Streaming: Cooperative Mechanisms to Eliminate Coherent Read Misses
in a DSM
Tuesday April 1, 2003
Hamerschlag Hall D-210
Carnegie Mellon University
Modern shared-memory mulitprocessor systems employ many techniques to
improve the performance of memory coherence activities. Much as branch
predictors in modern processors rely on repetitive branch outcomes in
programs to speculatively execute instructions past branches, coherence
predictors rely on repetitive sharing patterns in applications to predict
coherence activity. Using accurate and timely predictors, a DSM can speculatively
trigger protocol operations in advance to hide coherence overhead and
Store-Ordered Streaming relies on the key observation that cache blocks
are often consumed in the same order they are produced in distributed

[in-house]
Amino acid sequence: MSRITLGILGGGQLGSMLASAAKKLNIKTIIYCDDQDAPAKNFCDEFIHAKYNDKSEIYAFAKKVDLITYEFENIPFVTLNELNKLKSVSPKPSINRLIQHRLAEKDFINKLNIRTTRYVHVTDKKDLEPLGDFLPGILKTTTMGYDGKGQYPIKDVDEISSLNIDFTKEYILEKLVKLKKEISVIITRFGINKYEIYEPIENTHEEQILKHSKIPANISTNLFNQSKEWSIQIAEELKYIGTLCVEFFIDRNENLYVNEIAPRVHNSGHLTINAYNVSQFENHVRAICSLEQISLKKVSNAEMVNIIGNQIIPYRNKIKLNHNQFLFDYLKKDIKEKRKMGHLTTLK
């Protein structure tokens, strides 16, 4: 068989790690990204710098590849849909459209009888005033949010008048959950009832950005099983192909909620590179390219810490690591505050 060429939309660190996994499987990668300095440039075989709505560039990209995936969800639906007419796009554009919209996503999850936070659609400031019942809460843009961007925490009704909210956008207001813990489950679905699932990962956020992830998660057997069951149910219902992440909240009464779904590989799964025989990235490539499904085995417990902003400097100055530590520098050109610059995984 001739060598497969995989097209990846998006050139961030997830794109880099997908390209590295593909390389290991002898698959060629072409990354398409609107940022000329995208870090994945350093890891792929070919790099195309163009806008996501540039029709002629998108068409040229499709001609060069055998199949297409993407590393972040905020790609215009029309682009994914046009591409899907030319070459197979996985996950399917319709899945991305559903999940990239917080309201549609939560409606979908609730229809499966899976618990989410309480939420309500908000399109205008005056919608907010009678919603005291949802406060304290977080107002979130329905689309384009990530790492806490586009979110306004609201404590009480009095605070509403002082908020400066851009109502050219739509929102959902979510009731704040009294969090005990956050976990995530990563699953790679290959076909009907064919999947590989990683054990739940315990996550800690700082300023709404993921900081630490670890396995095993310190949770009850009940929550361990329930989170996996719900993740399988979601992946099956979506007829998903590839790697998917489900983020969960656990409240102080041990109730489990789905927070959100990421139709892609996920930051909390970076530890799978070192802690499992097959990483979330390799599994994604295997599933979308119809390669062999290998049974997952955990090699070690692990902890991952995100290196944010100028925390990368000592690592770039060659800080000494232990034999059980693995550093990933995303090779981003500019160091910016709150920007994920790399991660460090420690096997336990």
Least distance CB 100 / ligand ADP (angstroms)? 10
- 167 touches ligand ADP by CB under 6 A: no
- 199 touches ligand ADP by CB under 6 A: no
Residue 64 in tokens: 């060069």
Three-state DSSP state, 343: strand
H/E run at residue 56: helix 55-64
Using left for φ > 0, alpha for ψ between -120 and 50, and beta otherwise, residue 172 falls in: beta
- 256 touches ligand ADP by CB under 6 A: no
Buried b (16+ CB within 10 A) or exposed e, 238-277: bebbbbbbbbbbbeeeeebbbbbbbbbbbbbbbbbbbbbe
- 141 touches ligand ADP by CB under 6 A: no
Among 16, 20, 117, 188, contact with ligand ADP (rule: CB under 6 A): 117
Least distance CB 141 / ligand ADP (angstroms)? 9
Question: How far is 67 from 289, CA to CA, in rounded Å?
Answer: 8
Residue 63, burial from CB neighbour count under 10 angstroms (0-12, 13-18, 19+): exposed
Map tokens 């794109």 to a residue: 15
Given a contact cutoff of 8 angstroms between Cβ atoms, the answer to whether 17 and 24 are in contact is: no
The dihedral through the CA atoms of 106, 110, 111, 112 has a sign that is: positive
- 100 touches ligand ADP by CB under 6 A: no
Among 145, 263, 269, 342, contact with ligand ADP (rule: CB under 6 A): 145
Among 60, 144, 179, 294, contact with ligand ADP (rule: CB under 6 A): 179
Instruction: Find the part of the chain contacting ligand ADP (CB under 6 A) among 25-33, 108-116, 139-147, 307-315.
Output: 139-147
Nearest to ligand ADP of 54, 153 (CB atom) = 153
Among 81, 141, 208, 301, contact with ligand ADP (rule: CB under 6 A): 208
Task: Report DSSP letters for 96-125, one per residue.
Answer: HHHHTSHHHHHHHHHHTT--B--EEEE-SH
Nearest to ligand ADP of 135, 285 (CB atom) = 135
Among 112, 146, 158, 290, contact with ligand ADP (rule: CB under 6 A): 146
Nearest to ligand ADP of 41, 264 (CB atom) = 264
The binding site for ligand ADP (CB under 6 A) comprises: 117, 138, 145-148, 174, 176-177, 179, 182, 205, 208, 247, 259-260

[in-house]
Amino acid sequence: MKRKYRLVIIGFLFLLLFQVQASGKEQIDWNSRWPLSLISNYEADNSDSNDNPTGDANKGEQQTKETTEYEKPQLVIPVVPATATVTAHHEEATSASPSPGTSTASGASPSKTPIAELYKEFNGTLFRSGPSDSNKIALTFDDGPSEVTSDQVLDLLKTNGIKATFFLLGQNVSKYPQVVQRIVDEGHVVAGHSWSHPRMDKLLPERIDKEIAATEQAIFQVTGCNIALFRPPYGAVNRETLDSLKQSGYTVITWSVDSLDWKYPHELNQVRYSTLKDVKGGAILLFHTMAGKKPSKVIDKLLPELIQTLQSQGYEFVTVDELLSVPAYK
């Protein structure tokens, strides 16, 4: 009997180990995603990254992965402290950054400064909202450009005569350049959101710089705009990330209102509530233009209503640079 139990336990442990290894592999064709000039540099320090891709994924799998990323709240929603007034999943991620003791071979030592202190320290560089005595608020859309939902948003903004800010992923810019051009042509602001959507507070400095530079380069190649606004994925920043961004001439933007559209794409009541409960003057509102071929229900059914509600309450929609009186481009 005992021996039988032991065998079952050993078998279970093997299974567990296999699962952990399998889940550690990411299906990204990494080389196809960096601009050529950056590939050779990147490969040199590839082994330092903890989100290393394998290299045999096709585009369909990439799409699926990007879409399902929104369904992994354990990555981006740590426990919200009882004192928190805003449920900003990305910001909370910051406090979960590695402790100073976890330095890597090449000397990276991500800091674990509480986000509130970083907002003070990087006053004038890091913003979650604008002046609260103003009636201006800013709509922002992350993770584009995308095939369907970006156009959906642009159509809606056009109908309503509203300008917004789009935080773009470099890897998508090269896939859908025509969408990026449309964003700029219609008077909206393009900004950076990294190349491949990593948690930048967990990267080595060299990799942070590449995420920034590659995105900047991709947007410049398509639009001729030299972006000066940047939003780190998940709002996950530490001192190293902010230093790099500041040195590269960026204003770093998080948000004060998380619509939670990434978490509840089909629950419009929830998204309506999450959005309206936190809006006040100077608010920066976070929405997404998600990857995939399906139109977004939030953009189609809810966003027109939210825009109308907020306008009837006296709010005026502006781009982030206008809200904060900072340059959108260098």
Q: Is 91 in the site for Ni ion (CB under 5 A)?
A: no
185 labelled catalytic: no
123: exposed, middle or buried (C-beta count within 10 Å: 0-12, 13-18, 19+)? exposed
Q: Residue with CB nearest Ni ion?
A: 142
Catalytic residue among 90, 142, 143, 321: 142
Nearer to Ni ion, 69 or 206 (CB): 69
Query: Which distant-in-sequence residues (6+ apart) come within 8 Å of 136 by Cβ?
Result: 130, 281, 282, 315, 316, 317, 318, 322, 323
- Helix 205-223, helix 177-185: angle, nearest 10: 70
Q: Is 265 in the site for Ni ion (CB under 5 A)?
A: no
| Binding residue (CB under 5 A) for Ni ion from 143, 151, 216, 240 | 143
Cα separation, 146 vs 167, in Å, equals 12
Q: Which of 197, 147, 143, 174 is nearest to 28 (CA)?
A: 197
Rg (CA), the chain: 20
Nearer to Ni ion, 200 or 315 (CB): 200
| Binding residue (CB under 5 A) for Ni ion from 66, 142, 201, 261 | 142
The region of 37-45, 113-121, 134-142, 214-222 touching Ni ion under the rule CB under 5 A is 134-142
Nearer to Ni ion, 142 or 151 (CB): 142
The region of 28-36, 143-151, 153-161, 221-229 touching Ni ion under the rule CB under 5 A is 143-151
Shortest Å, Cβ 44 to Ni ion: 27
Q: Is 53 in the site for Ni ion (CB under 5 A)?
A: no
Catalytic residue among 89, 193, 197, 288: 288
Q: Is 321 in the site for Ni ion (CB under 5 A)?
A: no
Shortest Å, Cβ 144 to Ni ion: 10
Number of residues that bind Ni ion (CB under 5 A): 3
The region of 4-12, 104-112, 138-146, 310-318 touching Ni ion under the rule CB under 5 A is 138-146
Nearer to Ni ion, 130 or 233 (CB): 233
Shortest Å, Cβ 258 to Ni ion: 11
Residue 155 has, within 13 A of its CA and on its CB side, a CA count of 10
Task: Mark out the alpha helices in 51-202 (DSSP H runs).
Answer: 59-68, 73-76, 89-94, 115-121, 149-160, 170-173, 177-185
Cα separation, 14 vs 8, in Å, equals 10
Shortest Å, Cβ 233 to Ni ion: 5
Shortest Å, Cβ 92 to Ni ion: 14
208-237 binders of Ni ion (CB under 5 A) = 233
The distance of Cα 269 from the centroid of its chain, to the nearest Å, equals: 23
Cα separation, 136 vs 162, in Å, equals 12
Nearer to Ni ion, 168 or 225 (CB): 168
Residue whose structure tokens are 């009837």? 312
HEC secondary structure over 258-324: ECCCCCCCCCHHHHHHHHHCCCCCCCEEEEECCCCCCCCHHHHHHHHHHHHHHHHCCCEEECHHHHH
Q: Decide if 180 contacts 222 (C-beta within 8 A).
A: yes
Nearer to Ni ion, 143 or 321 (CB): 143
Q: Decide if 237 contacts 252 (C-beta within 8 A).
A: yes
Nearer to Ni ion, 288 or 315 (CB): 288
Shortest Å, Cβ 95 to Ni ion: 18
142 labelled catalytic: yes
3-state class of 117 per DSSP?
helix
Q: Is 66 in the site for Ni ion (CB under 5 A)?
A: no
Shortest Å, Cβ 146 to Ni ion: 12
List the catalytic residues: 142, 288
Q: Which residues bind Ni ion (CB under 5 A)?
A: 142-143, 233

shared-memory systems. SORDS comprises a set of four co-operative mechanisms
that target repetitive and predictable shared misses in such a DSM: Downgrade
Predictors, Memory Read Predictors, Forward Streams, and Forward Queues.
Together, these allow for accurate prediction of "when" a cache
block has been produced, "who" will subsequently consume it,
and a method for efficiently streaming blocks in correct order from producer
to consumer. In this presentation, I will review Babak Falsafi and Chris
Gniady's paper of the same name.
Stephen Somogyi is a first year graduate student in Electrical & Computer
Engineering at Carnegie Mellon University, advised by Babak Falsafi.
His research interests revolve around computer architecture, covering
both uni- and multiprocessor systems, and techniques for overcoming the
limitations imposed by traditional memory hierarchies.